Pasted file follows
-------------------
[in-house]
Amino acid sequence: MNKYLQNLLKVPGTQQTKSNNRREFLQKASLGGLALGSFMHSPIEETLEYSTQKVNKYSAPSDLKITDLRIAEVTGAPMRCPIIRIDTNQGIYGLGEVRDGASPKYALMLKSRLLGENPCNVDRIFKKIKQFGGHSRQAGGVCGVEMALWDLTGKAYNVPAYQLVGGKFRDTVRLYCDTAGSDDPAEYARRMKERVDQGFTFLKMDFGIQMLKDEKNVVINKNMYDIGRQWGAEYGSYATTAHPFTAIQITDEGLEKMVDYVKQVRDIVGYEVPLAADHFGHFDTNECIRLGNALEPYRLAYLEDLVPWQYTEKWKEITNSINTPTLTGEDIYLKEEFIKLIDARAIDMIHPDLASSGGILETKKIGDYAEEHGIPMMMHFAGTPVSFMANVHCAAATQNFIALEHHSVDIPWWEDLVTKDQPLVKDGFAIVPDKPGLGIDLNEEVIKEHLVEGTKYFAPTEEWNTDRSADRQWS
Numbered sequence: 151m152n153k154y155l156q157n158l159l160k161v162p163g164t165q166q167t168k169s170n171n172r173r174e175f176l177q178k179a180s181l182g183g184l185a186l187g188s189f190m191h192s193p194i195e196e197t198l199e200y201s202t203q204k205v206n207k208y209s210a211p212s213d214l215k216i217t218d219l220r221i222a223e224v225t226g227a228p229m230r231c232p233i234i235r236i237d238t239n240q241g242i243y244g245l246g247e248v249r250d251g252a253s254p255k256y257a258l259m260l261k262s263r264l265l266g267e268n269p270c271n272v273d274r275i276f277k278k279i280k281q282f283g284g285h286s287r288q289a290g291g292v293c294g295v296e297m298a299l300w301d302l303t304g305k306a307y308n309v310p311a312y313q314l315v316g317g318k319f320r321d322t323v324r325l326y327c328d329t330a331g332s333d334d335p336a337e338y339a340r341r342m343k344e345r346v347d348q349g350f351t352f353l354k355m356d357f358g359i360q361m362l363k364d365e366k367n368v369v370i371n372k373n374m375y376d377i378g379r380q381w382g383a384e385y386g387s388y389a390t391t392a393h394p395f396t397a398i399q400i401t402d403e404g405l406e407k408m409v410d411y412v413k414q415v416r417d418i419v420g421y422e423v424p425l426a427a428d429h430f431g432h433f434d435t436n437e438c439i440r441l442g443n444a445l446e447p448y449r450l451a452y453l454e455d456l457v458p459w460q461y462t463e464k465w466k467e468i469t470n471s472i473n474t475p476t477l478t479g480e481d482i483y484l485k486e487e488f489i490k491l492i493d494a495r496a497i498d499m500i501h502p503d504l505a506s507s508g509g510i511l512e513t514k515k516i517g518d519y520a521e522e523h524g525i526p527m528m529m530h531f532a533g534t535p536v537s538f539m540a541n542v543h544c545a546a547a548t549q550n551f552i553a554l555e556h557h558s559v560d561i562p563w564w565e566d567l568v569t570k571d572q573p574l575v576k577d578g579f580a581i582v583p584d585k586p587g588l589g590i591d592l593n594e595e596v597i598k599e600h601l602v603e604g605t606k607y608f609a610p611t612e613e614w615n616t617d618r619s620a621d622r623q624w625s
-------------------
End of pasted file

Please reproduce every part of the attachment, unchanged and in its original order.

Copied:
[in-house]
Amino acid sequence: MNKYLQNLLKVPGTQQTKSNNRREFLQKASLGGLALGSFMHSPIEETLEYSTQKVNKYSAPSDLKITDLRIAEVTGAPMRCPIIRIDTNQGIYGLGEVRDGASPKYALMLKSRLLGENPCNVDRIFKKIKQFGGHSRQAGGVCGVEMALWDLTGKAYNVPAYQLVGGKFRDTVRLYCDTAGSDDPAEYARRMKERVDQGFTFLKMDFGIQMLKDEKNVVINKNMYDIGRQWGAEYGSYATTAHPFTAIQITDEGLEKMVDYVKQVRDIVGYEVPLAADHFGHFDTNECIRLGNALEPYRLAYLEDLVPWQYTEKWKEITNSINTPTLTGEDIYLKEEFIKLIDARAIDMIHPDLASSGGILETKKIGDYAEEHGIPMMMHFAGTPVSFMANVHCAAATQNFIALEHHSVDIPWWEDLVTKDQPLVKDGFAIVPDKPGLGIDLNEEVIKEHLVEGTKYFAPTEEWNTDRSADRQWS
Numbered sequence: 151m152n153k154y155l156q157n158l159l160k161v162p163g164t165q166q167t168k169s170n171n172r173r174e175f176l177q178k179a180s181l182g183g184l185a186l187g188s189f190m191h192s193p194i195e196e197t198l199e200y201s202t203q204k205v206n207k208y209s210a211p212s213d214l215k216i217t218d219l220r221i222a223e224v225t226g227a228p229m230r231c232p233i234i235r236i237d238t239n240q241g242i243y244g245l246g247e248v249r250d251g252a253s254p255k256y257a258l259m260l261k262s263r264l265l266g267e268n269p270c271n272v273d274r275i276f277k278k279i280k281q282f283g284g285h286s287r288q289a290g291g292v293c294g295v296e297m298a299l300w301d302l303t304g305k306a307y308n309v310p311a312y313q314l315v316g317g318k319f320r321d322t323v324r325l326y327c328d329t330a331g332s333d334d335p336a337e338y339a340r341r342m343k344e345r346v347d348q349g350f351t352f353l354k355m356d357f358g359i360q361m362l363k364d365e366k367n368v369v370i371n372k373n374m375y376d377i378g379r380q381w382g383a384e385y386g387s388y389a390t391t392a393h394p395f396t397a398i399q400i401t402d403e404g405l406e407k408m409v410d411y412v413k414q415v416r417d418i419v420g421y422e423v424p425l426a427a428d429h430f431g432h433f434d435t436n437e438c439i440r441l442g443n444a445l446e447p448y449r450l451a452y453l454e455d456l457v458p459w460q461y462t463e464k465w466k467e468i469t470n471s472i473n474t475p476t477l478t479g480e481d482i483y484l485k486e487e488f489i490k491l492i493d494a495r496a497i498d499m500i501h502p503d504l505a506s507s508g509g510i511l512e513t514k515k516i517g518d519y520a521e522e523h524g525i526p527m528m529m530h531f532a533g534t535p536v537s538f539m540a541n542v543h544c545a546a547a548t549q550n551f552i553a554l555e556h557h558s559v560d561i562p563w564w565e566d567l568v569t570k571d572q573p574l575v576k577d578g579f580a581i582v583p584d585k586p587g588l589g590i591d592l593n594e595e596v597i598k599e600h601l602v603e604g605t606k607y608f609a610p611t612e613e614w615n616t617d618r619s620a621d622r623q624w625s